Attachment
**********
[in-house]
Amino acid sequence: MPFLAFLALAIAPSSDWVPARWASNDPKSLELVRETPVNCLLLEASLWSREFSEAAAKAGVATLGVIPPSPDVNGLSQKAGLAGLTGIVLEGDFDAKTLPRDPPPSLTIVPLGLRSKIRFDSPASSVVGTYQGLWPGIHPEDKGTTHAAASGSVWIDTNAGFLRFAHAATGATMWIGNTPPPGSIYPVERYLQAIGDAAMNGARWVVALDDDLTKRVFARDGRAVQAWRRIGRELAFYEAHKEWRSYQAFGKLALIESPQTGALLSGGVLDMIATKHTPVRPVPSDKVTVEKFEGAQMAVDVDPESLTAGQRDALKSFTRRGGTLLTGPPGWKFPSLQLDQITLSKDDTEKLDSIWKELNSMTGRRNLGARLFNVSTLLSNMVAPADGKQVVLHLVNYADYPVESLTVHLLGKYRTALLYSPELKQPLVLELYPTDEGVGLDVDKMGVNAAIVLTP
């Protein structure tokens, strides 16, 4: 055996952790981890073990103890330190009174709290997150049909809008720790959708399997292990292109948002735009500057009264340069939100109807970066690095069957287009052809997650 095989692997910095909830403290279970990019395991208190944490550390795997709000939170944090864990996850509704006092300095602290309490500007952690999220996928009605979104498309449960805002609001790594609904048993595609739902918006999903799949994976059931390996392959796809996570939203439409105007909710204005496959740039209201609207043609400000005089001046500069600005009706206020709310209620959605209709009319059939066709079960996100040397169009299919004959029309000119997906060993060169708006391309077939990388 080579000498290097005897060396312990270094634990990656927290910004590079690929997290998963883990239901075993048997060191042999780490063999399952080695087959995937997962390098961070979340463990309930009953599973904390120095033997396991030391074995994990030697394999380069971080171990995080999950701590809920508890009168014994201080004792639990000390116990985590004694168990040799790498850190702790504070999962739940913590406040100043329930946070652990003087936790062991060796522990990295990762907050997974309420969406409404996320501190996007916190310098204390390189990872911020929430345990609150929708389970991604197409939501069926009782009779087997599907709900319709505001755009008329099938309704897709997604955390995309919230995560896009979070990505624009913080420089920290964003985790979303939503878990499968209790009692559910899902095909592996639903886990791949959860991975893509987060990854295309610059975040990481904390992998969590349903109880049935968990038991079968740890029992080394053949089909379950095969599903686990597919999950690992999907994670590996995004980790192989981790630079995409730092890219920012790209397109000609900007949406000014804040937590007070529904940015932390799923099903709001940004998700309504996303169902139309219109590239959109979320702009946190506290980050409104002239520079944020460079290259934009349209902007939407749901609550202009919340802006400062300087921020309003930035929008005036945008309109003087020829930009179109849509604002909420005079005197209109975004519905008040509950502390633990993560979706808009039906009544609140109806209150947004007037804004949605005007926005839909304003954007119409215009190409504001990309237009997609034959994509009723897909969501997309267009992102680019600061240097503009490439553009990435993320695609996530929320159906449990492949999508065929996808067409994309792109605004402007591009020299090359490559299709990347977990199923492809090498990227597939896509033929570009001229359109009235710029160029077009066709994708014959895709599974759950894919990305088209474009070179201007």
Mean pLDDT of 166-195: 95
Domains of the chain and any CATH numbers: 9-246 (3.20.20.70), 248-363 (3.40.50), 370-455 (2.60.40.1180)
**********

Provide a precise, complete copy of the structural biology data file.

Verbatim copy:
[in-house]
Amino acid sequence: MPFLAFLALAIAPSSDWVPARWASNDPKSLELVRETPVNCLLLEASLWSREFSEAAAKAGVATLGVIPPSPDVNGLSQKAGLAGLTGIVLEGDFDAKTLPRDPPPSLTIVPLGLRSKIRFDSPASSVVGTYQGLWPGIHPEDKGTTHAAASGSVWIDTNAGFLRFAHAATGATMWIGNTPPPGSIYPVERYLQAIGDAAMNGARWVVALDDDLTKRVFARDGRAVQAWRRIGRELAFYEAHKEWRSYQAFGKLALIESPQTGALLSGGVLDMIATKHTPVRPVPSDKVTVEKFEGAQMAVDVDPESLTAGQRDALKSFTRRGGTLLTGPPGWKFPSLQLDQITLSKDDTEKLDSIWKELNSMTGRRNLGARLFNVSTLLSNMVAPADGKQVVLHLVNYADYPVESLTVHLLGKYRTALLYSPELKQPLVLELYPTDEGVGLDVDKMGVNAAIVLTP
């Protein structure tokens, strides 16, 4: 055996952790981890073990103890330190009174709290997150049909809008720790959708399997292990292109948002735009500057009264340069939100109807970066690095069957287009052809997650 095989692997910095909830403290279970990019395991208190944490550390795997709000939170944090864990996850509704006092300095602290309490500007952690999220996928009605979104498309449960805002609001790594609904048993595609739902918006999903799949994976059931390996392959796809996570939203439409105007909710204005496959740039209201609207043609400000005089001046500069600005009706206020709310209620959605209709009319059939066709079960996100040397169009299919004959029309000119997906060993060169708006391309077939990388 080579000498290097005897060396312990270094634990990656927290910004590079690929997290998963883990239901075993048997060191042999780490063999399952080695087959995937997962390098961070979340463990309930009953599973904390120095033997396991030391074995994990030697394999380069971080171990995080999950701590809920508890009168014994201080004792639990000390116990985590004694168990040799790498850190702790504070999962739940913590406040100043329930946070652990003087936790062991060796522990990295990762907050997974309420969406409404996320501190996007916190310098204390390189990872911020929430345990609150929708389970991604197409939501069926009782009779087997599907709900319709505001755009008329099938309704897709997604955390995309919230995560896009979070990505624009913080420089920290964003985790979303939503878990499968209790009692559910899902095909592996639903886990791949959860991975893509987060990854295309610059975040990481904390992998969590349903109880049935968990038991079968740890029992080394053949089909379950095969599903686990597919999950690992999907994670590996995004980790192989981790630079995409730092890219920012790209397109000609900007949406000014804040937590007070529904940015932390799923099903709001940004998700309504996303169902139309219109590239959109979320702009946190506290980050409104002239520079944020460079290259934009349209902007939407749901609550202009919340802006400062300087921020309003930035929008005036945008309109003087020829930009179109849509604002909420005079005197209109975004519905008040509950502390633990993560979706808009039906009544609140109806209150947004007037804004949605005007926005839909304003954007119409215009190409504001990309237009997609034959994509009723897909969501997309267009992102680019600061240097503009490439553009990435993320695609996530929320159906449990492949999508065929996808067409994309792109605004402007591009020299090359490559299709990347977990199923492809090498990227597939896509033929570009001229359109009235710029160029077009066709994708014959895709599974759950894919990305088209474009070179201007």
Mean pLDDT of 166-195: 95
Domains of the chain and any CATH numbers: 9-246 (3.20.20.70), 248-363 (3.40.50), 370-455 (2.60.40.1180)